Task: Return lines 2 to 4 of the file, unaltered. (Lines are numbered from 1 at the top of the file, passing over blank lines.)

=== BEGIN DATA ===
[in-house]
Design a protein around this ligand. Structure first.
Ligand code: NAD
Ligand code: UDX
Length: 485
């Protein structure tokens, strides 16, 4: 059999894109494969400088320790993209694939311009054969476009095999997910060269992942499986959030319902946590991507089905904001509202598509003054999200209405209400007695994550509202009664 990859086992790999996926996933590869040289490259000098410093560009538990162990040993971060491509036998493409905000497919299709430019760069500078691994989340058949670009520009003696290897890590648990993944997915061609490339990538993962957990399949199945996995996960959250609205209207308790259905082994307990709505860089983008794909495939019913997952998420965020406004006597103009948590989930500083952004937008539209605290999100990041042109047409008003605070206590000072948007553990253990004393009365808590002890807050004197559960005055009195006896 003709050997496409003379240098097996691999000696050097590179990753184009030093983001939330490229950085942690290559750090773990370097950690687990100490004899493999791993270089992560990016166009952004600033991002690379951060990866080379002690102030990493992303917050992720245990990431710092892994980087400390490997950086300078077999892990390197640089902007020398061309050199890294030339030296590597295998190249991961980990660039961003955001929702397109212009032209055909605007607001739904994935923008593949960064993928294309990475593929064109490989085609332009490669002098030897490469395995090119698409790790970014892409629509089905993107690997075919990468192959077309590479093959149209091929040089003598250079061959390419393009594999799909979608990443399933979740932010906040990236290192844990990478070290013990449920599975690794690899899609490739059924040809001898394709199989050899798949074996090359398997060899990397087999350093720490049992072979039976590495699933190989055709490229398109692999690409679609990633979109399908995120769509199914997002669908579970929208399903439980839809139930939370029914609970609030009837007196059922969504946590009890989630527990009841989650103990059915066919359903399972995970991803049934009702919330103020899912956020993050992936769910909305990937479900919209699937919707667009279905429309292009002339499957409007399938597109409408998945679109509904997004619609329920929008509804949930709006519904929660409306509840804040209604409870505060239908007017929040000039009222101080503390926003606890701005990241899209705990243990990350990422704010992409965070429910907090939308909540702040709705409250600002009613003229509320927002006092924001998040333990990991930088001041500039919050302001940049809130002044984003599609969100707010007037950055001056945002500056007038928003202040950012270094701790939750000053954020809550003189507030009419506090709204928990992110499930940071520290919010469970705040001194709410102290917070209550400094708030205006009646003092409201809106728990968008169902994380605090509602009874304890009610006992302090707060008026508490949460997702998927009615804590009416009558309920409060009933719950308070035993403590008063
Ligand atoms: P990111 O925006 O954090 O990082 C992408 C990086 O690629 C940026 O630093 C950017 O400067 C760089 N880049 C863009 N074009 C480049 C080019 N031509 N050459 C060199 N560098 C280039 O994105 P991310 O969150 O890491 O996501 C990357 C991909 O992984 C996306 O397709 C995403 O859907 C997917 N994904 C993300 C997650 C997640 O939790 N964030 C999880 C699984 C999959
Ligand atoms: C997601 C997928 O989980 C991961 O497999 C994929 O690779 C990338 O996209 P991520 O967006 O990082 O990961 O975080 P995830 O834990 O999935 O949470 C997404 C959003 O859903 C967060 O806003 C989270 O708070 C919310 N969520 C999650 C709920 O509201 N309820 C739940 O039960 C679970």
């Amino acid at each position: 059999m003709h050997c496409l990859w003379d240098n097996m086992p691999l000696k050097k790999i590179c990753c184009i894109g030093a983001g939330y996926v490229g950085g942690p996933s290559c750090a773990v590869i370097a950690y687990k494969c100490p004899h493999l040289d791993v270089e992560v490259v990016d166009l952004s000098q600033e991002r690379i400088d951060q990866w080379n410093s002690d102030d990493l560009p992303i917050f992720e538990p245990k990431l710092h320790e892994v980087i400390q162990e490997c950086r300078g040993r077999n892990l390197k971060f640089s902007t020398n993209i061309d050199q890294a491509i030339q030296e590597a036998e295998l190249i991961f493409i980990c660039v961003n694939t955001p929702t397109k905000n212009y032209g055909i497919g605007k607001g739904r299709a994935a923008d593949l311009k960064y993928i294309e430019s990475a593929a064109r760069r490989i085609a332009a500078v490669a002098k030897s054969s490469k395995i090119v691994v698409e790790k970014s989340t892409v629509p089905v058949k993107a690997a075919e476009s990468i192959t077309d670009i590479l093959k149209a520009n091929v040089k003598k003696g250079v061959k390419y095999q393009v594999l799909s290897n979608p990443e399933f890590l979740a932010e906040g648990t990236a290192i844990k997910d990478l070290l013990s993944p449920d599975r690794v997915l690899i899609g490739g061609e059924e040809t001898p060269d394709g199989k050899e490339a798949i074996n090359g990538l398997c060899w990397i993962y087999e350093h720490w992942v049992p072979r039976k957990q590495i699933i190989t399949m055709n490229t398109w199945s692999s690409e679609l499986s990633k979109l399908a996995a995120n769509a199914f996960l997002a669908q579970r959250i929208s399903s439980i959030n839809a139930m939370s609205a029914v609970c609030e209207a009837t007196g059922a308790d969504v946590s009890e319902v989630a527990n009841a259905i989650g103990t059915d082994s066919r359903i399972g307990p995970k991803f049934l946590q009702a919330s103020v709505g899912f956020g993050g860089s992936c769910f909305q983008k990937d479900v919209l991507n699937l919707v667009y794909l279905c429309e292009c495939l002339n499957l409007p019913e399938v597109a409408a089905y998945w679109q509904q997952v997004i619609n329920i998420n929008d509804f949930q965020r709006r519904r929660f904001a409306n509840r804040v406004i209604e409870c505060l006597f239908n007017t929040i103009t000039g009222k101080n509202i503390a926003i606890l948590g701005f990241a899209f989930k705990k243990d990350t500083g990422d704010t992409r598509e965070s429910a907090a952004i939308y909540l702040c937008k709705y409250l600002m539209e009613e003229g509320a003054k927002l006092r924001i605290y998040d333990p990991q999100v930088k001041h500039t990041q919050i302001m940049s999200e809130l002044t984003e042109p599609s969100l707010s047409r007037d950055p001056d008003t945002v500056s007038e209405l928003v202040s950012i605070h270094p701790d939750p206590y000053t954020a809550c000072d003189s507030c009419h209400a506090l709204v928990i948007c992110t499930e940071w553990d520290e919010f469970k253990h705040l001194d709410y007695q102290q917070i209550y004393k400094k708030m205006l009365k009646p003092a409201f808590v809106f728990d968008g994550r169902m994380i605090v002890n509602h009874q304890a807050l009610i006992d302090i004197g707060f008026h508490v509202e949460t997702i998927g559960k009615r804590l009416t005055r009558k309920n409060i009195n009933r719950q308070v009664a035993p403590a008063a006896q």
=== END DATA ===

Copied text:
Design a protein around this ligand. Structure first.
Ligand code: NAD
Ligand code: UDX